return (DDI_DMA_CALLBACK_RUNOUT);
    xsp->busy = 1;
    if ( /* transfer is a read */) {
        flags = DDI_DMA_READ;
    } else {
        flags = DDI_DMA_WRITE;
    flags |= DDI_DMA_PARTIAL;
    status = ddi_dma_buf_bind_handle(xsp->handle, xsp->bp,
        flags, xxstart, (caddr_t)xsp, &cookie, &ccount);
    if (status != DDI_DMA_MAPPED &&
        status != DDI_DMA_PARTIAL_MAP)
        return (DDI_DMA_CALLBACK_RUNOUT);
    if (status == DDI_DMA_PARTIAL_MAP) {
        ddi_dma_numwin(xsp->handle, &xsp->nwin);
        xsp->partial = 1;
        xsp->windex = 0;
    } else {
        xsp->partial = 0;
    /* Program the DMA engine. */

Two functions operate with DMA windows. The first, ddi_dma_numwin(9F), returns the number of DMA windows for a particular DMA object. The other function, ddi_dma_getwin(9F), allows repositioning within the object, that is, reallocation of system resources. The ddi_dma_getwin() function shifts the current window to a new window within the object. Because ddi_dma_getwin() reallocates system resources to the new window, the previous window becomes invalid.


Caution - Do not move the DMA windows with a call to ddi_dma_getwin() before transfers into the current window are complete. Wait until the transfer to the current window is complete, which is when the interrupt arrives. Then call ddi_dma_getwin() to avoid data corruption.

The ddi_dma_getwin() function is normally called from an interrupt routine, as shown in Example 9-8. The first DMA transfer is initiated as a result of a call to the driver. Subsequent transfers are started from the interrupt routine.

The interrupt routine examines the status of the device to determine whether the device completes the transfer successfully. If not, normal error recovery occurs. If the transfer is successful, the routine must determine whether the logical transfer is complete. A complete transfer includes the entire object as specified by the buf(9S) structure. In a partial transfer, only one DMA window is moved. In a partial transfer, the interrupt routine moves the window with ddi_dma_getwin(9F), retrieves a new cookie, and starts another DMA transfer.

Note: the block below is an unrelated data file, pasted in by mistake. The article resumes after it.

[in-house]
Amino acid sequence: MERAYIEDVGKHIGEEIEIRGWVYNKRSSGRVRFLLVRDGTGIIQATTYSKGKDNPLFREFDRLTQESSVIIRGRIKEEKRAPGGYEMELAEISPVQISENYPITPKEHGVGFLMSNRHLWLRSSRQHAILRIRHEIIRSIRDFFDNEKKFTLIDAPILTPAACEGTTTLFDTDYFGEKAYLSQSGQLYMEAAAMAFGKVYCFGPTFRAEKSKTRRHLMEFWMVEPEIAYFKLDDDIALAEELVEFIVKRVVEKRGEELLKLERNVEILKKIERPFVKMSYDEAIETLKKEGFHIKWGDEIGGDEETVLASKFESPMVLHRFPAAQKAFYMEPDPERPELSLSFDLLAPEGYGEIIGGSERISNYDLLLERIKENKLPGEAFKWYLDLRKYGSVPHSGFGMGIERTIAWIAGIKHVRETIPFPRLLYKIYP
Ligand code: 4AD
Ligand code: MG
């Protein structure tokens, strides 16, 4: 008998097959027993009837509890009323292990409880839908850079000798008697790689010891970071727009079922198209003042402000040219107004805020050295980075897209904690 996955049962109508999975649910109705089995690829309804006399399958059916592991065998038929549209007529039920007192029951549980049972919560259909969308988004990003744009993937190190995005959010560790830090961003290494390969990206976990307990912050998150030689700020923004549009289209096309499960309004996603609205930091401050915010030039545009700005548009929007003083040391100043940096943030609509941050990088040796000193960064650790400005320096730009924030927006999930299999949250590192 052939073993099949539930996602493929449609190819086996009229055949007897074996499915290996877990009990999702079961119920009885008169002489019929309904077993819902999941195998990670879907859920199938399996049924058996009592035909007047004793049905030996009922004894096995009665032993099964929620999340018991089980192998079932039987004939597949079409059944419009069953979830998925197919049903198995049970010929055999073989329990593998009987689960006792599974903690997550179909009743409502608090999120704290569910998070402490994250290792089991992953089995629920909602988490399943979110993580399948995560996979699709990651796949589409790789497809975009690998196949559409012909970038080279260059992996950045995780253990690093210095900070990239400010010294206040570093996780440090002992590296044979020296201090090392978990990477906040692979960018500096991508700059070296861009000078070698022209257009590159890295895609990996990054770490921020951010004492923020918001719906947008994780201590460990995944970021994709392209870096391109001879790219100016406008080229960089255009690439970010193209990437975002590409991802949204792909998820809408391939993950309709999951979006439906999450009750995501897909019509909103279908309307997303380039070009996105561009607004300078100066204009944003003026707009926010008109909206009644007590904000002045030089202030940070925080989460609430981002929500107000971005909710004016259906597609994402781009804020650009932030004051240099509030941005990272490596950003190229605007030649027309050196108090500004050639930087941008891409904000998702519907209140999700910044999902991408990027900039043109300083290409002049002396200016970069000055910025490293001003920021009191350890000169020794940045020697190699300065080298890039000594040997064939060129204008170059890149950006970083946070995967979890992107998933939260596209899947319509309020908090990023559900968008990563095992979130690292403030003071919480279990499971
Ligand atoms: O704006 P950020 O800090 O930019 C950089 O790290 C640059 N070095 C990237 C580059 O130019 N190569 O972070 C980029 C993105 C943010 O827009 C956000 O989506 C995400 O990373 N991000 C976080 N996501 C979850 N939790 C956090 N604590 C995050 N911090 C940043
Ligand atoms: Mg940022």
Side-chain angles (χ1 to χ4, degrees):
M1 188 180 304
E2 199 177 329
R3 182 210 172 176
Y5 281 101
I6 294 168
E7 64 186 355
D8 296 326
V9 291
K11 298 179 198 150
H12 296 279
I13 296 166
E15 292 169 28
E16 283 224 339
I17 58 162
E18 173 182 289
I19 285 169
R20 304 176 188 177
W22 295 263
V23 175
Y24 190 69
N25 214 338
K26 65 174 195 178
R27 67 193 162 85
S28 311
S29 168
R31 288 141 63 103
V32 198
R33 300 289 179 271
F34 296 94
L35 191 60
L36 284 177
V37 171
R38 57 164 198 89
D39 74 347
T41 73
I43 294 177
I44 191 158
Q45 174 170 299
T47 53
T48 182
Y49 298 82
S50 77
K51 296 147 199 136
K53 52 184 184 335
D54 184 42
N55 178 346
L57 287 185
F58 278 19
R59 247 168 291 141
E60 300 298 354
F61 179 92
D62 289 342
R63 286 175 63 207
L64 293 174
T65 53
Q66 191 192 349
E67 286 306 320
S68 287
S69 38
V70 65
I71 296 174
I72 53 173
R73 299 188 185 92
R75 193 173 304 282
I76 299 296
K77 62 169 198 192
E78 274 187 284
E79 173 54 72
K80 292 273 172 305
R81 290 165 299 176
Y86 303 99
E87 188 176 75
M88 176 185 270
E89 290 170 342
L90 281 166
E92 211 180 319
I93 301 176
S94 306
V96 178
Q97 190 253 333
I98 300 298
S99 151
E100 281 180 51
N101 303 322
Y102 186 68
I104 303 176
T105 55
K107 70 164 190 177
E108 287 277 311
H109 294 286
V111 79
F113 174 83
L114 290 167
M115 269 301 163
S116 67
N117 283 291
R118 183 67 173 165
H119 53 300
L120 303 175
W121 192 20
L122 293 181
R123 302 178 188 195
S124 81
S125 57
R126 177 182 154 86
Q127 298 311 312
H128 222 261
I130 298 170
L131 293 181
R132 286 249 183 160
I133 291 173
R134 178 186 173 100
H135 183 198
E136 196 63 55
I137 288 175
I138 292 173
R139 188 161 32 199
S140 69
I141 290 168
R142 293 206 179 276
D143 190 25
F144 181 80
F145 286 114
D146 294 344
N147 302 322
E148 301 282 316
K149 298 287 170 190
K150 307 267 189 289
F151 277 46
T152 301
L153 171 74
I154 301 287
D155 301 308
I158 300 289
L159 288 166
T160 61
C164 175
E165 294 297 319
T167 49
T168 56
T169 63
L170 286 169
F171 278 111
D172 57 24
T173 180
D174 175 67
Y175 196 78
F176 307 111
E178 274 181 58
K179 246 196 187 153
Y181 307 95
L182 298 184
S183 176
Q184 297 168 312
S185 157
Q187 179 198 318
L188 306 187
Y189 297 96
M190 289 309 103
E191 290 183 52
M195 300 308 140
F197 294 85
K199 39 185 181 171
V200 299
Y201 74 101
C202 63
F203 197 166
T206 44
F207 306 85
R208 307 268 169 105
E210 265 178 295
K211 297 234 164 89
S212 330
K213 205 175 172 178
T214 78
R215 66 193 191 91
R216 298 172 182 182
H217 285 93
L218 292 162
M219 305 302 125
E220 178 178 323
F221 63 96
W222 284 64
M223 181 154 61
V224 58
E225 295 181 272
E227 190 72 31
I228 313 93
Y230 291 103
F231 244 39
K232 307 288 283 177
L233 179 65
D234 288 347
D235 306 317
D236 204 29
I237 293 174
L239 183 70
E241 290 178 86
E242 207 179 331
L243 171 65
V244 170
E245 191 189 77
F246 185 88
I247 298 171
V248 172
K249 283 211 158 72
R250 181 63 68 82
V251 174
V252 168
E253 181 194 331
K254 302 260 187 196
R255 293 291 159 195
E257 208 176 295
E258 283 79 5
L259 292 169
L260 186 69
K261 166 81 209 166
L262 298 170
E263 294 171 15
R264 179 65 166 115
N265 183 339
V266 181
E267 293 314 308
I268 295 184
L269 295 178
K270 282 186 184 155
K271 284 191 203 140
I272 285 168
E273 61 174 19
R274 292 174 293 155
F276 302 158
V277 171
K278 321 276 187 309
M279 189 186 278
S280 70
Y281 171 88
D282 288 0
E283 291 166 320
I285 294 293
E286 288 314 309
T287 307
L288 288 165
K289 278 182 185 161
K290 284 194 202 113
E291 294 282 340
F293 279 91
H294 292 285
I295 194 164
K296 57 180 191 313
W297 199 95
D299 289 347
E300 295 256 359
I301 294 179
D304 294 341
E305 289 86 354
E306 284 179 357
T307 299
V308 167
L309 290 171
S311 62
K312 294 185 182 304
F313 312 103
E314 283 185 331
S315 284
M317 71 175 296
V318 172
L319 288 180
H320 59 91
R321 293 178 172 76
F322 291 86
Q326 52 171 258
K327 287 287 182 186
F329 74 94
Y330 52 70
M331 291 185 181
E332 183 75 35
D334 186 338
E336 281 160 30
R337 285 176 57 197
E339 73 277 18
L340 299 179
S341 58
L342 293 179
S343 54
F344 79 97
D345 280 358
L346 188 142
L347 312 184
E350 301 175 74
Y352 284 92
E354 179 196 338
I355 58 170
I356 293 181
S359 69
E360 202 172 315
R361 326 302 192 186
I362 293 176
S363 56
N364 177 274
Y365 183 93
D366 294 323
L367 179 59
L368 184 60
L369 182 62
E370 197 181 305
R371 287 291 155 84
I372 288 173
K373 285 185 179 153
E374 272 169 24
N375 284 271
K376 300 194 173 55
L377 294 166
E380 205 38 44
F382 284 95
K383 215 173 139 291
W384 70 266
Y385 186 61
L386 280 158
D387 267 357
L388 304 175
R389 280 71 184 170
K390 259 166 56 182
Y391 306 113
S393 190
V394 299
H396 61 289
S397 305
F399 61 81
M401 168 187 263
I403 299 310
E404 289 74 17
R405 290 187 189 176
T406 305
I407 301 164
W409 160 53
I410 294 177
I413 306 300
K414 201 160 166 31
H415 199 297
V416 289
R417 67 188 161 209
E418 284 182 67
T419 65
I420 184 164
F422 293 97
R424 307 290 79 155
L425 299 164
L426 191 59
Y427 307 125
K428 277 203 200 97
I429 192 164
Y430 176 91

If the logical request has been completed, the interrupt routine checks for pending requests. If necessary, the interrupt routine starts a transfer. Otherwise, the routine returns without invoking another DMA transfer. The following example illustrates the usual flow control.

Example 9-8 Interrupt Handler Using DMA Windows

static uint_t
xxintr(caddr_t arg)
    struct xxstate *xsp = (struct xxstate *)arg;
    uint8_t    status;
    volatile   uint8_t   temp;
    /* read status */
    status = ddi_get8(xsp->access_hdl, &xsp->regp->csr);
    if (!(status & INTERRUPTING)) {
        return (DDI_INTR_UNCLAIMED);
    ddi_put8(xsp->access_hdl,&xsp->regp->csr, CLEAR_INTERRUPT);
    /* for store buffers */
    temp = ddi_get8(xsp->access_hdl, &xsp->regp->csr);
    if ( /* an error occurred during transfer */ ) {
        bioerror(xsp->bp, EIO);
        xsp->partial = 0;
    } else {
        xsp->bp->b_resid -= /* amount transferred */ ;

    if (xsp->partial && (++xsp->windex < xsp->nwin)) {
        /* device still marked busy to protect state */
        (void) ddi_dma_getwin(xsp->handle, xsp->windex,
            &offset, &len, &cookie, &ccount);
        /* Program the DMA engine with the new cookie(s). */
        return (DDI_INTR_CLAIMED);
    xsp->busy = 0;
    xsp->partial = 0;
    if ( /* pending transfers */ ) {
        (void) xxstart((caddr_t)xsp);
    return (DDI_INTR_CLAIMED);